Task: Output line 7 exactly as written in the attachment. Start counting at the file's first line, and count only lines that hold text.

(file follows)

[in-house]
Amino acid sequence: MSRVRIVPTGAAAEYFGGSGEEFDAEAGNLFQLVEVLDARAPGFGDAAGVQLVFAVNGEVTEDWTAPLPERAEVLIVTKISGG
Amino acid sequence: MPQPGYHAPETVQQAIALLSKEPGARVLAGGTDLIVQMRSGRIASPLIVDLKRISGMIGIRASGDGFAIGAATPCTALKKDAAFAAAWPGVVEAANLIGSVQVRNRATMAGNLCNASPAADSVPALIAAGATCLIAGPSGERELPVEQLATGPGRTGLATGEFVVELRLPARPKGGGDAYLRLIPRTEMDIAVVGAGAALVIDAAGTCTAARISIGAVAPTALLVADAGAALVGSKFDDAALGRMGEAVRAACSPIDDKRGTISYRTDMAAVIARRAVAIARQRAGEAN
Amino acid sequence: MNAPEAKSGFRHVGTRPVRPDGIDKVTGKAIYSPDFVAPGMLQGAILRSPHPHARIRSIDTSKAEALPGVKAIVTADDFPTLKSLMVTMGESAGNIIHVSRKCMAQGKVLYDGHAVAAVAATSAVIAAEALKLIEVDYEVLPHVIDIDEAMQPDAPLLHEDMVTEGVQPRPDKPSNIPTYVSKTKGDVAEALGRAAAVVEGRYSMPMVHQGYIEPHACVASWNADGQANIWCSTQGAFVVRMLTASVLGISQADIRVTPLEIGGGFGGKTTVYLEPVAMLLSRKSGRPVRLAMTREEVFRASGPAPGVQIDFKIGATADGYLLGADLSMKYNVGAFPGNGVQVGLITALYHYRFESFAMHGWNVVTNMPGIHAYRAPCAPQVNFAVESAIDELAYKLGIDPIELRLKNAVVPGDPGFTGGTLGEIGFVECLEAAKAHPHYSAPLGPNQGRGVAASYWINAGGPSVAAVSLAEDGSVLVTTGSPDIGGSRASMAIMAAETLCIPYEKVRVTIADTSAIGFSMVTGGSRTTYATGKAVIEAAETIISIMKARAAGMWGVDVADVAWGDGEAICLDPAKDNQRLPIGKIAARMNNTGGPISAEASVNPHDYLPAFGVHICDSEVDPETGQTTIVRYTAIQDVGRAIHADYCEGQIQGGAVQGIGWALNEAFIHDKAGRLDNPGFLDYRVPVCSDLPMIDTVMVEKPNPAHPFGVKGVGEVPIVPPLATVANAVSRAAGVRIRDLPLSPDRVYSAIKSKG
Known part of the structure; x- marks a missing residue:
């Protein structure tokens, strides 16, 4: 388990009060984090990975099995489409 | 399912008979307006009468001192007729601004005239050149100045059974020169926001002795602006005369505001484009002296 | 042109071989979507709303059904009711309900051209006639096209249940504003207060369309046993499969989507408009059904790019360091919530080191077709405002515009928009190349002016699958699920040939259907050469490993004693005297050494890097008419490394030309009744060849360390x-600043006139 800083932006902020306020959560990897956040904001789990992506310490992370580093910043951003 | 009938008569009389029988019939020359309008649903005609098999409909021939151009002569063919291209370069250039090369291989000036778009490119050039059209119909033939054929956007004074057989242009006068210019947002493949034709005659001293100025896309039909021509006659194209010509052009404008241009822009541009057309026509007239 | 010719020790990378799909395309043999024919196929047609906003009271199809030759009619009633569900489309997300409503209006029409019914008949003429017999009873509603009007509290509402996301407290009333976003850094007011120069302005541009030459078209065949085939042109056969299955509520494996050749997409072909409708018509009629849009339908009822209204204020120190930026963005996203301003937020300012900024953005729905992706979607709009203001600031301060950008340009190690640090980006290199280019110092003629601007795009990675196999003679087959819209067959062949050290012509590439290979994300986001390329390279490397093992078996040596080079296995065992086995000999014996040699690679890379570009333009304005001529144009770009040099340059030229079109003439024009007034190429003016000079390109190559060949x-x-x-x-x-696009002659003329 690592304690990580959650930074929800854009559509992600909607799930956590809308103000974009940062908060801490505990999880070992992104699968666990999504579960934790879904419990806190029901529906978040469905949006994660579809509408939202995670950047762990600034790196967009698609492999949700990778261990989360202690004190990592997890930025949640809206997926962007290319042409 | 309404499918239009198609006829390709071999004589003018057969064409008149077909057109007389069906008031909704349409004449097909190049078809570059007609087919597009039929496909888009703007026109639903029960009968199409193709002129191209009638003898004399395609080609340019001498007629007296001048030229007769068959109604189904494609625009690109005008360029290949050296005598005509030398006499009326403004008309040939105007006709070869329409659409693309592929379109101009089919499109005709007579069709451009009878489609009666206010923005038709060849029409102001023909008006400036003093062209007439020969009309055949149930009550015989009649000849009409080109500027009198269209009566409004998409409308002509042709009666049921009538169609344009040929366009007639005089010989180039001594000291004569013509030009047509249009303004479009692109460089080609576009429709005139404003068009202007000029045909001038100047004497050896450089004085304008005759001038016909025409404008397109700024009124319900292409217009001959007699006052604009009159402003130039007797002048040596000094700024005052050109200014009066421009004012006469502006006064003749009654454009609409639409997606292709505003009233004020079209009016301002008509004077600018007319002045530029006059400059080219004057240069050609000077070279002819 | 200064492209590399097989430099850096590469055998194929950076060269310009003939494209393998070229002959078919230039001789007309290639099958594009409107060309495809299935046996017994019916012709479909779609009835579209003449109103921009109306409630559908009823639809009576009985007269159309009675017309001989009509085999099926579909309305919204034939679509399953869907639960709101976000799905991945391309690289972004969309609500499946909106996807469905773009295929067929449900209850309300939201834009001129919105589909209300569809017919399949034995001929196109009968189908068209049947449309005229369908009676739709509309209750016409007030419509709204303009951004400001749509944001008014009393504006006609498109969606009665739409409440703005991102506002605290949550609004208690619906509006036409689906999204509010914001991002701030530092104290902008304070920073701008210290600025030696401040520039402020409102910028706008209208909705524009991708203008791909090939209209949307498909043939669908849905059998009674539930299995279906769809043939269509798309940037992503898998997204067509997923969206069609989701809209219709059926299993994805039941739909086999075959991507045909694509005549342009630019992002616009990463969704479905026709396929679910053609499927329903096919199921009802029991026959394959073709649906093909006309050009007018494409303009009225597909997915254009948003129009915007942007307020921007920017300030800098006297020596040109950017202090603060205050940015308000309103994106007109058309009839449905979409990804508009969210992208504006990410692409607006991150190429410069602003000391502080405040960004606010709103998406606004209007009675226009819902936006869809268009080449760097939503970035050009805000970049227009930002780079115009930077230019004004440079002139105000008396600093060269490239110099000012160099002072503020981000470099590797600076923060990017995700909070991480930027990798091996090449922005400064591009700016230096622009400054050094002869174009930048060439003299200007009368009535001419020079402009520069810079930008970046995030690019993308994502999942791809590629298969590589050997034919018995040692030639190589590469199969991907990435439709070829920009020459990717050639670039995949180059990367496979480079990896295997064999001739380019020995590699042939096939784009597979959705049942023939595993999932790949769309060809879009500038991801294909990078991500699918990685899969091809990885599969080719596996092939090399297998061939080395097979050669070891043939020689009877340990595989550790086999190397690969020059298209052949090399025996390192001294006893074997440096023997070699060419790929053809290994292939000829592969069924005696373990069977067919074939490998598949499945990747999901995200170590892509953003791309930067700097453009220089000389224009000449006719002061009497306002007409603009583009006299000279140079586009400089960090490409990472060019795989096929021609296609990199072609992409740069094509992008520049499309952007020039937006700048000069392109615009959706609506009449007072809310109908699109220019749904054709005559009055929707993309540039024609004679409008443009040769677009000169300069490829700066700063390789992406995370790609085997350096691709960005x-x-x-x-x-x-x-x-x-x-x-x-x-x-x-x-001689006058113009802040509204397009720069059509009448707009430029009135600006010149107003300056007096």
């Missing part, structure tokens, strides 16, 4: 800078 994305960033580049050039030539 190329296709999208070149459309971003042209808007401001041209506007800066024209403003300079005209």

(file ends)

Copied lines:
């Missing part, structure tokens, strides 16, 4: 800078 994305960033580049050039030539 190329296709999208070149459309971003042209808007401001041209506007800066024209403003300079005209």